Since speaking with visual-effects supervisor Scott Squires the other week, I’ve been unable to watch any movie without considering whether it respects the laws of Newtonian physics. “A large creature requires a few steps to ramp up to a certain speed,” Squires explained. “But frequently directors tell us make it faster, make it faster, make it faster. So, these big, heavy things end up looking like they don’t have any weight to them.” This would explain why I feel indifferent to so many recent effects-driven movies—I just can’t invest emotionally in characters and objects that seem literally immaterial.
That’s not to say I believe movies should obey a strict Newtonian realism. One of my favorite things about classic Looney Tunes and the films of Tsui Hark is how they play fast and loose with the laws of gravity and classical mechanics. What distinguishes those works from the typical Marvel Studios bombast is that they acknowledge they’re breaking the laws, making viewers feel like partners in crime. Ultimately, I suppose, it’s a matter of care. Have the filmmakers imagined the world of the movie down to how things weigh and feel, or did they fail to get beyond the surfaces?
The recent anime feature Patema Inverted (which screens again at the Gene Siskel Film Center tomorrow at 6 PM) illustrates how distinctive a movie fantasy can be when its makers really consider the physics of their scenario. Patema takes place several thousand years after a catastrophic accident reversed the law of gravity for most of the world’s population. The unlucky ones went underground (to keep from falling up into the stratosphere), where they built an upside-down civilization. Those who remained on the surface established a totalitarian society based on the supremacy of normal humans over “inverts.” The film kicks into gear when a girl from below ground accidentally falls above the surface, where she’s befriended by the sort of timid daydreamer-cum-audience surrogate who often ends up playing the hero in movie fantasies like this. Working together, the kids unlock the secret of the world’s gravity problem and overthrow the totalitarian regime.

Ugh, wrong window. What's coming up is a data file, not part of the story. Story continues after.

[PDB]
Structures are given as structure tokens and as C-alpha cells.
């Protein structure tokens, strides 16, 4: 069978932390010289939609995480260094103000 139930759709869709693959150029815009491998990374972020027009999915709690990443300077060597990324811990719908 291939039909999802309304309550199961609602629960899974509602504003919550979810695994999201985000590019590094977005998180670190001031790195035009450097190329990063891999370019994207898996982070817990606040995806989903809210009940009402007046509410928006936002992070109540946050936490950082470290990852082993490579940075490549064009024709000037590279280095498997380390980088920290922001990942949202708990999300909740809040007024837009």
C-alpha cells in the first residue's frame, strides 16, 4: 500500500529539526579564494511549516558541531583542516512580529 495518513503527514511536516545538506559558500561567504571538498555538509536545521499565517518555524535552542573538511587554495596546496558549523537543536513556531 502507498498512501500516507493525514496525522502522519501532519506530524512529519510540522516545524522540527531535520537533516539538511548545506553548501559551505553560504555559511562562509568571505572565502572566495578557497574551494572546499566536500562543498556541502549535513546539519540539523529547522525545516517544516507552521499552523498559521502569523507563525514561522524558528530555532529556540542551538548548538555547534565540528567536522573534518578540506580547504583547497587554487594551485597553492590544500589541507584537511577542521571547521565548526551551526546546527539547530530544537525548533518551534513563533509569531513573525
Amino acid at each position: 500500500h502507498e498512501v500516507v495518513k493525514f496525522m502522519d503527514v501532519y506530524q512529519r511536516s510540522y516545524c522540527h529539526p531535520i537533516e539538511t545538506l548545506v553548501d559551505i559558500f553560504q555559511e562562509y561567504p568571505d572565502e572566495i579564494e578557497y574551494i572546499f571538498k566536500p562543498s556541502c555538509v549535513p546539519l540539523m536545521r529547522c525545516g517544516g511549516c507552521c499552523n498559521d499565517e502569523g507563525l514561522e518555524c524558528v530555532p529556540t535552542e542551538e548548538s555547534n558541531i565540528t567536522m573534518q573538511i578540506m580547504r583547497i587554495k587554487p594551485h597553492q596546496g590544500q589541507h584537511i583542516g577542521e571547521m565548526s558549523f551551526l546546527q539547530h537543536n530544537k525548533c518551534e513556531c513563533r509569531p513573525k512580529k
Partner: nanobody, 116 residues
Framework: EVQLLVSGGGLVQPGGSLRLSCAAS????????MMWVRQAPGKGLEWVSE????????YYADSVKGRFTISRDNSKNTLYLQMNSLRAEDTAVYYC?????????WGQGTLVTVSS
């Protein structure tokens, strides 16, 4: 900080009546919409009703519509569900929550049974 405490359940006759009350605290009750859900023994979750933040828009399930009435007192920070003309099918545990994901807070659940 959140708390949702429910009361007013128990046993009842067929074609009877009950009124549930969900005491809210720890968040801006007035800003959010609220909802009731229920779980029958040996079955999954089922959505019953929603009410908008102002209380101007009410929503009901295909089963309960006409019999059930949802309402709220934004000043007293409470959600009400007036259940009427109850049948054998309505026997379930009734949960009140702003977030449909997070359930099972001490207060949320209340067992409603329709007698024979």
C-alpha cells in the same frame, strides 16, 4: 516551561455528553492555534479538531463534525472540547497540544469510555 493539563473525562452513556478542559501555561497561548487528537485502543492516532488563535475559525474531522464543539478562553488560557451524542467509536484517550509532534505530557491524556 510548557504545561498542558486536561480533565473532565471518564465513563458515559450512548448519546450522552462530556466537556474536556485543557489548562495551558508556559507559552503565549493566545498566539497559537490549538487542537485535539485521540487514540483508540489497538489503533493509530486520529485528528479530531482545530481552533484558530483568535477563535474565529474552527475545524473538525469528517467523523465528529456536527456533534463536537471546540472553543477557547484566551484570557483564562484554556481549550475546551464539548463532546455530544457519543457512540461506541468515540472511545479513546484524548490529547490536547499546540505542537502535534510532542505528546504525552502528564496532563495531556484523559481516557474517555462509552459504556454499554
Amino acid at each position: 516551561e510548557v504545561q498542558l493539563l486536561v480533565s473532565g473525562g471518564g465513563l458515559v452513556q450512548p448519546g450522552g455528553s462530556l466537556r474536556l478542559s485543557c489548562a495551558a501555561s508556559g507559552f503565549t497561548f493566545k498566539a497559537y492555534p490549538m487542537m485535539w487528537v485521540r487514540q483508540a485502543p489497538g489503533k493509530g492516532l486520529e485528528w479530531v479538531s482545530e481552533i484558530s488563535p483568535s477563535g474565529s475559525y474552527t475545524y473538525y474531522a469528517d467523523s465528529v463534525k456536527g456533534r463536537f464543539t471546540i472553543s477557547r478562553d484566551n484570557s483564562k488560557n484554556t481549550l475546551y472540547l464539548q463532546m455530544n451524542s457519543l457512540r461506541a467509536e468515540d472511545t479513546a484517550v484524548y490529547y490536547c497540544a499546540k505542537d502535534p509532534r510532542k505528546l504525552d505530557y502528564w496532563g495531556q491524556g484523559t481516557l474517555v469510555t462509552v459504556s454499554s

On the whole, this movie doesn’t make much sense. (How did the inverts who got sucked into the sky manage to construct a city in the clouds? And how exactly does the totalitarian regime benefit from vilifying the people below ground?) At the same time, writer-director Yashuhiro Yoshiura and his team of animators devote remarkable attention to the physical logistics of the scenario. Some of the most captivating moments are those in which the two heroes navigate the challenge of getting around when one of them is always upside down. The filmmakers generate consistent suspense from the possibility that one of these kids will disappear into the sky or a bottomless chasm—”good, quality nightmare fuel,” as Crow T. Robot from Mystery Science Theater 3000 used to say.